Discussion in 'VHF/UHF - 50Mhz and Beyond' started by KK4YWN, Jun 21, 2021.
lol. Now that is funny.
Not entirely. Amateur radio is primary at 2395 to 2417 MHz and co-primary with mobile at 2390 to 2395 MHz. At 2300 to 2305 MHz, we're secondary, but there is no primary user.
With a vertical or omni I'd never hear any amateur activity on 2304 MHz SSB/CW/etc.
However, with a good horizontally polarized and rotatable antenna up high enough in the clear to not be blocked by any local obstructions (unfortunately "obstructions" at 2.3 GHz includes trees), several times each year there's a LOT of activity: January VHF Sweepstakes; June VHF QSO Party; August UHF contest; September VHF QSO Party. In October, November and December are EME contests which promote 2.3 GHz activity, but not terrestrially.
Fun fact is when there's a good tropo duct, it works fine at 2.3 GHz (and usually also at 3.4, 5.7, 10.3 GHz etc.) and may not work well at all on 222 or 144 MHz, and often "not at all, period" at 50 MHz. The UHF-SHF bands are where they shine, and when one occurs that promotes more action quickly. But signals aren't "strong," so FM use or even weak signal modes using an omni may be very disappointing while weak signal modes with high-gain directional antennas can work wonders within the duct.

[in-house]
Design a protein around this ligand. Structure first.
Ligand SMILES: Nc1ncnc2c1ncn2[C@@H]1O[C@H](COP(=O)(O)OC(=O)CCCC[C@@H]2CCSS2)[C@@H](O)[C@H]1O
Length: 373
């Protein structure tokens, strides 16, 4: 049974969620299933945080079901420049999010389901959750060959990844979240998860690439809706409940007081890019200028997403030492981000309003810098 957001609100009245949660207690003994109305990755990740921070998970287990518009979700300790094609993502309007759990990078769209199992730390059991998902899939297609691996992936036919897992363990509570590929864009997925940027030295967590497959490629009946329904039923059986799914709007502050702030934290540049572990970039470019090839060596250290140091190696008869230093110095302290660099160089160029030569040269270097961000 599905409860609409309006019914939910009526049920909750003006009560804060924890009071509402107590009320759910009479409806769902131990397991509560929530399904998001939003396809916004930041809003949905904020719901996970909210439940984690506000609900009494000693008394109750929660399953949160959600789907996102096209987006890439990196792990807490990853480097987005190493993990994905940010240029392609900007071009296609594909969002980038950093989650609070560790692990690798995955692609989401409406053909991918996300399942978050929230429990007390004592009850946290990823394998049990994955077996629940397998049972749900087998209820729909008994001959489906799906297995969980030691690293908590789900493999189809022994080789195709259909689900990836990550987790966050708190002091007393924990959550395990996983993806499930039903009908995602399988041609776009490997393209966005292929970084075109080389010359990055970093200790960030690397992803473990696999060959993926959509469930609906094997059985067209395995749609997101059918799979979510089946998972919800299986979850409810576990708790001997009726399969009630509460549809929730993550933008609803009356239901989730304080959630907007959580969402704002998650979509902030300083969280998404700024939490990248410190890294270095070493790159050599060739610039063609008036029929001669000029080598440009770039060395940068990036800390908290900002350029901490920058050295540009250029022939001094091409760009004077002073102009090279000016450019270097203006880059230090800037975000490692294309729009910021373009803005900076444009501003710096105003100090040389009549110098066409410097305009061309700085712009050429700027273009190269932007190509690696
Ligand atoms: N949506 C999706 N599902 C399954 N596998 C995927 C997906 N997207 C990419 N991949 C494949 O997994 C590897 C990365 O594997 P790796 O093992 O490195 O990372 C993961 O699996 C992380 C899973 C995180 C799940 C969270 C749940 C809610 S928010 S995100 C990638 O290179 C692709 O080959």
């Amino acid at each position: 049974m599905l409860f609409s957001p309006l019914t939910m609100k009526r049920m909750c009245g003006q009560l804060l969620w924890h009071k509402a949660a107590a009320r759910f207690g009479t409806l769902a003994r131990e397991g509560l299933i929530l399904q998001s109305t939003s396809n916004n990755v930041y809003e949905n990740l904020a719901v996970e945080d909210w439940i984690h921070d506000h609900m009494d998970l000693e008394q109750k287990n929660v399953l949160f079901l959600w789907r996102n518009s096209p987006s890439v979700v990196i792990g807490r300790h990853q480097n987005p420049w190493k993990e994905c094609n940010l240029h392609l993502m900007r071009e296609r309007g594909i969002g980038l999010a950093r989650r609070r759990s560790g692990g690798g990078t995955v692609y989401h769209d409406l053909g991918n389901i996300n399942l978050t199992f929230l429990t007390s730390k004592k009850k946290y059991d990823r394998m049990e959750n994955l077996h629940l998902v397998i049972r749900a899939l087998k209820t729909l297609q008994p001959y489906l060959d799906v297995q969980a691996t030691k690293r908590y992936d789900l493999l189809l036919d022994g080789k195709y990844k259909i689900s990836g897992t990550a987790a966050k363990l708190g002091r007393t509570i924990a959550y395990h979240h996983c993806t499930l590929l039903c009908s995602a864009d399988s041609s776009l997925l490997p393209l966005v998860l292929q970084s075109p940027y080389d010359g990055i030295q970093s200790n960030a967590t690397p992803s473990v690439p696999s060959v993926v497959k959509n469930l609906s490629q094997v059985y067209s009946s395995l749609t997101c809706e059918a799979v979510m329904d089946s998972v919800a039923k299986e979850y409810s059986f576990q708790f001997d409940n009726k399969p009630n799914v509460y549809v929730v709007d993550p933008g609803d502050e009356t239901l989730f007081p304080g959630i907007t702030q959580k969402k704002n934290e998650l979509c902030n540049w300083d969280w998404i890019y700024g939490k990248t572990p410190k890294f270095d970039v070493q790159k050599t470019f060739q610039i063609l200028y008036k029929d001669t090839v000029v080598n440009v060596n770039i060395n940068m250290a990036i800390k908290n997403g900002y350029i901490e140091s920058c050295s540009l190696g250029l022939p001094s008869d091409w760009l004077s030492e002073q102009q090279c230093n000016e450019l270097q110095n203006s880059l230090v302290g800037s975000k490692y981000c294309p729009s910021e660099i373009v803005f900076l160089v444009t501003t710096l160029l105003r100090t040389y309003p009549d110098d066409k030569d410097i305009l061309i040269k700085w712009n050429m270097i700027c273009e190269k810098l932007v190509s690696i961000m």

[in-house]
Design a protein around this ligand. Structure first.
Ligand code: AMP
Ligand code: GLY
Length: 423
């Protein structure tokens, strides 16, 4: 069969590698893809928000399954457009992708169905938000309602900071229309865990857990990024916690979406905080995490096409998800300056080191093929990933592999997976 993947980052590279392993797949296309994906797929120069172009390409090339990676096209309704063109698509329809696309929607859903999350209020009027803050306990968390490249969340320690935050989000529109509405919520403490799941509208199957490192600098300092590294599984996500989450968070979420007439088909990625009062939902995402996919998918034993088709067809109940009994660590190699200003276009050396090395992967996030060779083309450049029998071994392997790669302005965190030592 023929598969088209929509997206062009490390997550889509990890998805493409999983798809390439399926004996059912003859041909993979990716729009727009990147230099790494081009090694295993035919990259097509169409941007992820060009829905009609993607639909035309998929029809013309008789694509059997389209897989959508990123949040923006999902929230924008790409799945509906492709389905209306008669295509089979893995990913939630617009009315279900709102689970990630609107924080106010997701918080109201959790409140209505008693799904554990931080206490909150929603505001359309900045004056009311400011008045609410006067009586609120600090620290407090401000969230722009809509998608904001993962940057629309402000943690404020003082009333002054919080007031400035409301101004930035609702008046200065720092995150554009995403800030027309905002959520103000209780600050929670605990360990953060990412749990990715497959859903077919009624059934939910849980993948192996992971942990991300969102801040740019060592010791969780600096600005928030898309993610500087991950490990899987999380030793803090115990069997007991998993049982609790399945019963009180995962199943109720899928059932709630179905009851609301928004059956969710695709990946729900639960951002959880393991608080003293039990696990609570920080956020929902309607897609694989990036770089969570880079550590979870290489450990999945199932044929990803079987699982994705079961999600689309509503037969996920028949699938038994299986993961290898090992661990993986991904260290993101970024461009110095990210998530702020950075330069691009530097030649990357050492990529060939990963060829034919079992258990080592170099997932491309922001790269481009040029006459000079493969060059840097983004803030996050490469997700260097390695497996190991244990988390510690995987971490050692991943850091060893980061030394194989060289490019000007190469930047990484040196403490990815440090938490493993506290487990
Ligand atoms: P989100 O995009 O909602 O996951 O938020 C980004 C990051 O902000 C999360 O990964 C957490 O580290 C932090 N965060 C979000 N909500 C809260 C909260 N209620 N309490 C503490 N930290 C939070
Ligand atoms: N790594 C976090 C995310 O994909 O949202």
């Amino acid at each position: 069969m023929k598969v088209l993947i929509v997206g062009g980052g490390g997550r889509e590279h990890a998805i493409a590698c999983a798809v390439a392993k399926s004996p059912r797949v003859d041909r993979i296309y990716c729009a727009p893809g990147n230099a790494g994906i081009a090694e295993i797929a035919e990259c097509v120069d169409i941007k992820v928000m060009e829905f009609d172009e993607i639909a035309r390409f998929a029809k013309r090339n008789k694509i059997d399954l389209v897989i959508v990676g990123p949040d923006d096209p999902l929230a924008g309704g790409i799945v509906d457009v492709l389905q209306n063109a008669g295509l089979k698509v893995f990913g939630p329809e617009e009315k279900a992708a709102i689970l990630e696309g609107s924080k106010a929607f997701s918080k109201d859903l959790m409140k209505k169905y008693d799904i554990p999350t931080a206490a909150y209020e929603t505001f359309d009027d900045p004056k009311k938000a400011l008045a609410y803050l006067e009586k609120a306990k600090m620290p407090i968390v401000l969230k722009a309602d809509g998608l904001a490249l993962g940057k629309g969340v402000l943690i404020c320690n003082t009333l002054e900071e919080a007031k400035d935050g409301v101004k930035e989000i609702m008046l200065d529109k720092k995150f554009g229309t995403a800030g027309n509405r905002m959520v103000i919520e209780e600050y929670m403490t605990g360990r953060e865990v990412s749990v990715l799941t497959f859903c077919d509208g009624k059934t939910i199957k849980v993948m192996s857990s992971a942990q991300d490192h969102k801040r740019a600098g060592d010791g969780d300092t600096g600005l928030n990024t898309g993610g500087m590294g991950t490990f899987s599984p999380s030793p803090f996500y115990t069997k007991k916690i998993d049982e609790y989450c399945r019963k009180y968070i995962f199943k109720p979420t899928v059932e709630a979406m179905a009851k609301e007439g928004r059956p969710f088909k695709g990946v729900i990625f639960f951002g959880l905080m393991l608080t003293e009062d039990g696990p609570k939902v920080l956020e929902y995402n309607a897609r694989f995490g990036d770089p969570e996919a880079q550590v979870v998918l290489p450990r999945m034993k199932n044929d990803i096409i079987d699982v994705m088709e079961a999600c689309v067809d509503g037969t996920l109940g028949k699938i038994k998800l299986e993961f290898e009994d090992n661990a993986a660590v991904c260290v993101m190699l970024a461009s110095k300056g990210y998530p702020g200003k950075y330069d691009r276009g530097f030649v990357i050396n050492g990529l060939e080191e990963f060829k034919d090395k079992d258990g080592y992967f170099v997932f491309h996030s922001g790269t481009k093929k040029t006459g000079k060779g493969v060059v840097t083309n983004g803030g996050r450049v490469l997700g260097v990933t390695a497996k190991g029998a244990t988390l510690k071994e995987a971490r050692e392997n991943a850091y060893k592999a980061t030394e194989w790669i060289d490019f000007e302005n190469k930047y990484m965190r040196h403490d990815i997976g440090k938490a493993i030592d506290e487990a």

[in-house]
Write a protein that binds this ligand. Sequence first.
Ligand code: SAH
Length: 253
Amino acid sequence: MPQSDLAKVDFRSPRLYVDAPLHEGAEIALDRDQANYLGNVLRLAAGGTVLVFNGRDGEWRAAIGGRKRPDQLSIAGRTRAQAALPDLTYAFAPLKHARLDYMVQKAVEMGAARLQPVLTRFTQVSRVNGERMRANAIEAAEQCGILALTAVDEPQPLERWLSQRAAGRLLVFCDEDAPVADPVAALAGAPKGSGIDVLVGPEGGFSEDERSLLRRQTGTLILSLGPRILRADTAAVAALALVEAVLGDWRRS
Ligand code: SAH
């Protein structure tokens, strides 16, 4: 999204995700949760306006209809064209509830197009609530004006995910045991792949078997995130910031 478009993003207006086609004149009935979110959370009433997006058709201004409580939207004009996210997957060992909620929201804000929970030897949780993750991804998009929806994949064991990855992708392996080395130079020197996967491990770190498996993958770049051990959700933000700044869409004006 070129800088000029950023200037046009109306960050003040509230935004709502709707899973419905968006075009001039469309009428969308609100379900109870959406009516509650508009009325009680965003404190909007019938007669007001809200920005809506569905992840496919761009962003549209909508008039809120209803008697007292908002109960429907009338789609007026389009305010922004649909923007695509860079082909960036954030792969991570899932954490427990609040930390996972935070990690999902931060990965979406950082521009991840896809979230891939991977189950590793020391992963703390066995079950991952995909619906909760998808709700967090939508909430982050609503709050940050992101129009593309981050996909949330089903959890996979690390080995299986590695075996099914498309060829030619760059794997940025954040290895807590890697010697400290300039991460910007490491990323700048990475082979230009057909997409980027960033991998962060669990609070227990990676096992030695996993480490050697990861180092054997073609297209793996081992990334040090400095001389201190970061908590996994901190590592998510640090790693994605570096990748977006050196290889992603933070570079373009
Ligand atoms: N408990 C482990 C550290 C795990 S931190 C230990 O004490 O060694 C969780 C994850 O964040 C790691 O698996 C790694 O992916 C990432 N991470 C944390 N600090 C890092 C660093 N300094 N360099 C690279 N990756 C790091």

You are fortunate to have a very active and knowledgeable bunch of folks in the area, and terrain that supports good activity.
Years ago, QST published an article about a 2.3 GHz repeater that was active in California. I think the users used transverters, but my I don't remember the details. I believe the article was written in the 1980's or 90's.
By the way here is a RigPix link to a 13 cm FM transceiver (TM2400) that was only available in Japan during the 1990's.
I sure would love to have a couple of these to play with.
The adalm-pluto sdr learning device can cover 70mhz-6ghz all-mode in full-duplex glory. 2.4ghz output is quite low at 1-2 mW, but we're starting to see preamps etc come to the marketplace. using sdr console, you can do 5khz wide ssb with built-in eq and compression. it sounds really nice. at $150 its hard to beat. the ADC is 12-bits wide so the receiver is actually pretty darned good for the price. if you add a network adapter you can remote-mount the radio and access it via ethernet, allowing very short coaxial runs and low loss.
check out the langstone project for some idea for a homebrew transceiver using off-the-shelf goodies
You can make a transmitter using a microwave oven.
And with each contact, you can say, "Now we're cookin'!"
unless you've configured the transmitter to defrost.
Thanks for the info. The langstone project with external amps is a lot less expensive alternative than a pair of Kenwood TM2400 for 2.4GHz.